Steve Jobs Resigns As Apple CEO - Tim To Become Successor

Awesome. Magical. Incredible. Steve Jobs has a way with words, but words fail to describe his performance as Apple’s chief executive.

So let’s look at the numbers. During Jobs’ second stint as CEO of the company he founded, Apple’s shares have risen 6,681.8%. Quarterly sales have grown to $28.6 billion from $1.73 billion.

And earnings? There were no earnings when Jobs took over the money-losing Mac maker in September 1997. Jump forward fourteen years. Apple posted net income of $7.8 billion for the quarter ending in June.

Not a bad way to go. Though while Apple’s board announced Jobs has resigned as CEO on Wednesday, he’s hardly gone. Jobs’ successor, Tim Cook, will have a big job to fill, but he won’t have to fill it all at once. Jobs will get a new role as the company’s chairman. The team Jobs assembled remains as well.

Their names and faces are well known to Apple followers. Scott Forstall, the vice president in charge of Apple’s mobile software; Apple marketing chief Phil Schiller; and Craig Federighi, who is in charge of Apple’s desktop software engineering, have all shared the spotlight with Jobs during the company’s public presentations.

While the way Apple works won’t change abruptly, it’s definitely a culture in transition. “Previously they’ve been working collaboratively with one person as the ultimate decision maker,” says Charles Golvin, principal analyst at Forrester Research. “Now they’re going to be be working more as a collaborative.”

“They were in pretty dismal straights, they didn’t have cash, they had wasted a lot of money on products like Newton, they had gone through a few different chief executives, they were largely in disarray,” Van Baker, a research vice president at tech tracker Gartner says.

Jobs went on to transform Apple in a drama that began with a desperate deal with arch-rival Microsoft in 1997 for a $150 million investment and ended with Apple assuming the mantle of the world’s most valuable technology company. Along the way Jobs introduced the iPod, the iPhone, the iPad, and fresh iterations of the Macintosh computer he first introduced in 1984. ”It’s just astounding,” Baker says.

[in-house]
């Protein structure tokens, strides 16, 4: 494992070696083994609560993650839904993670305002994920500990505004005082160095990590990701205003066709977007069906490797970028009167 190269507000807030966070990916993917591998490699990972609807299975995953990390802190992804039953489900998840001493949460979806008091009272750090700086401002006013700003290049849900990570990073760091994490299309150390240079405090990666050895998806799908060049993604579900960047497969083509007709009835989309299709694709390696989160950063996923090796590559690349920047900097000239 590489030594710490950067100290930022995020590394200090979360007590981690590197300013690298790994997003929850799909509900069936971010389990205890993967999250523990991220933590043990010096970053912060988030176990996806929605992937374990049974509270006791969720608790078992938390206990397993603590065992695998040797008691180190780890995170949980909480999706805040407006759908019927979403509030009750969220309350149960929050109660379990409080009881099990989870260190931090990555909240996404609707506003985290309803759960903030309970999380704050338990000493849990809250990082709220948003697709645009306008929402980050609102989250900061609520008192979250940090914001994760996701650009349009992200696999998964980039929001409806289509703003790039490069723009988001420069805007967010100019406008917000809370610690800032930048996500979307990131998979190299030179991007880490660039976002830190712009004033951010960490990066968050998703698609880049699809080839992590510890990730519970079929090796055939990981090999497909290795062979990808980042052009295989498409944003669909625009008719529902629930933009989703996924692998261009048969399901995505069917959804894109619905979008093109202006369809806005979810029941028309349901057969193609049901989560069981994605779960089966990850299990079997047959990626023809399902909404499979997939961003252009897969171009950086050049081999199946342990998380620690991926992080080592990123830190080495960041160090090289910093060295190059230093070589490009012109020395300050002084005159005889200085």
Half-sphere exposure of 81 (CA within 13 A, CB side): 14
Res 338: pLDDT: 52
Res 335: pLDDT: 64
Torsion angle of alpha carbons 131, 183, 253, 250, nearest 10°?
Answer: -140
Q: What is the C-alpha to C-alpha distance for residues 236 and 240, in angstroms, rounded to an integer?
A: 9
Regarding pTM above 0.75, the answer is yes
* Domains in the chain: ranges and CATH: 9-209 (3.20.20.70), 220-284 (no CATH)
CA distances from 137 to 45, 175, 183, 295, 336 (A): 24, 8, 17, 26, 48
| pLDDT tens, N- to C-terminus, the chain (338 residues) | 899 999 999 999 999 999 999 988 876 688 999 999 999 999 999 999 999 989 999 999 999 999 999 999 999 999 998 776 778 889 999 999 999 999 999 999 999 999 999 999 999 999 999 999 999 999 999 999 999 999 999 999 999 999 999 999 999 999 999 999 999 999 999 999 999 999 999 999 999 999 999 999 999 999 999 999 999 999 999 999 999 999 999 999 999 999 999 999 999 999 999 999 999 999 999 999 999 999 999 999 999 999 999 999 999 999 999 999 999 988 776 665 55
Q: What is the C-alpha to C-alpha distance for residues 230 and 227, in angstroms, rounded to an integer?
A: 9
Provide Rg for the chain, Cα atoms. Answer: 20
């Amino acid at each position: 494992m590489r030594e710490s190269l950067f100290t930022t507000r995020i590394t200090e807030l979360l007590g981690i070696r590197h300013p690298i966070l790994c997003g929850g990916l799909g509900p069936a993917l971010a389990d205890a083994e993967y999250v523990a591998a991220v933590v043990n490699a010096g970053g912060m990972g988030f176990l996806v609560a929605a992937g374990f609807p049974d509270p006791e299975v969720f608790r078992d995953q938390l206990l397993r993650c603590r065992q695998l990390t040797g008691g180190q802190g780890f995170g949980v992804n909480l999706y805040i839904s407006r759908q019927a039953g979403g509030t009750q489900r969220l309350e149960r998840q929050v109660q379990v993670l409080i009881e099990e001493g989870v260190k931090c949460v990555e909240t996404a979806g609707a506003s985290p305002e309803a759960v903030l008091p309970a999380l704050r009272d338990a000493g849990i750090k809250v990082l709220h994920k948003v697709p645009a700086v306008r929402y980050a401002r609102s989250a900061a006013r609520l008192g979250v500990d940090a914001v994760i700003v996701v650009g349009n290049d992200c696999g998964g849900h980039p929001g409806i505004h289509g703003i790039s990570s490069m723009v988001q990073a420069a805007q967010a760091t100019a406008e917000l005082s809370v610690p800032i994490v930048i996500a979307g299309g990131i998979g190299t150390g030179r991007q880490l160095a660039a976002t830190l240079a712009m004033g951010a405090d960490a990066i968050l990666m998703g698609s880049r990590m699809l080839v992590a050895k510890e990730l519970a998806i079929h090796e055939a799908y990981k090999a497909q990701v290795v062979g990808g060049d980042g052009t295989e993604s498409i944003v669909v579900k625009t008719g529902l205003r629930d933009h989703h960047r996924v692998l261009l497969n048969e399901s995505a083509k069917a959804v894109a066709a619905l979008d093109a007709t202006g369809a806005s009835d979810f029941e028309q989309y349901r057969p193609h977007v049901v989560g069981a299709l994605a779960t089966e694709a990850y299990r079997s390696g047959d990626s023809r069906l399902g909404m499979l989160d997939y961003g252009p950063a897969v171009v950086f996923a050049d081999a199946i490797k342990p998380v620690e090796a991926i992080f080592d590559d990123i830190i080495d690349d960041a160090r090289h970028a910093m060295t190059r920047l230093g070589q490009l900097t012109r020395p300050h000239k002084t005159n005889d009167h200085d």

Through it all, Jobs evolved, too, from mercurial outsider into a turtleneck clad icon who seemed as interested in molding Apple — and its product pipeline — as pitching its next product. ”We’re at least a couple of years away from seeing what Apple really looks like and what their products really look like without the influence of Steve Jobs,” said Forrester’s Golvin.

Jobs, of course, has been out on medical leave since January, promising only to “return as soon as I can.” (See “The Medical Mismeasure Of Steve Jobs“) The medical leave was Jobs’ third since 2004. While Jobs surprised the company’s fans by introducing the company’s new iPad, March 2, and a new suite of online services dubbed ‘iCloud,’ at Apple’s annual developer’s conference June 6, it wasn’t the return to active duty that had been hoped for.

“I have always said if there ever came a day when I could no longer meet my duties and expectations as Apple’s CEO, I would be the first to let you know,”Jobs wrote in a letter to Apple’s board of directors and the Apple community released Thursday. “Unfortunately, that day has come.”

It can’t come as a surprise, however. While nominally responsible for Apple’s worldwide sales and operations, Cook has run the company on a day-to-day basis during Jobs’ absences. Unnamed sources told The Wall Street JournalJobs will remain actively involved with the company.

Apple shares fell $19.37 , or 5.15%, to $356.89 in after-hours trading Wednesday.

Letter from Steve Jobs:

CUPERTINO, Calif.–(BUSINESS WIRE)–To the Apple Board of Directors and the Apple Community:

I have always said if there ever came a day when I could no longer meet my duties and expectations as Apple’s CEO, I would be the first to let you know. Unfortunately, that day has come.

I hereby resign as CEO of Apple. I would like to serve, if the Board sees fit, as Chairman of the Board, director and Apple employee.

As far as my successor goes, I strongly recommend that we execute our succession plan and name Tim Cook as CEO of Apple.

I believe Apple’s brightest and most innovative days are ahead of it. And I look forward to watching and contributing to its success in a new role.

I have made some of the best friends of my life at Apple, and I thank you all for the many years of being able to work alongside you.



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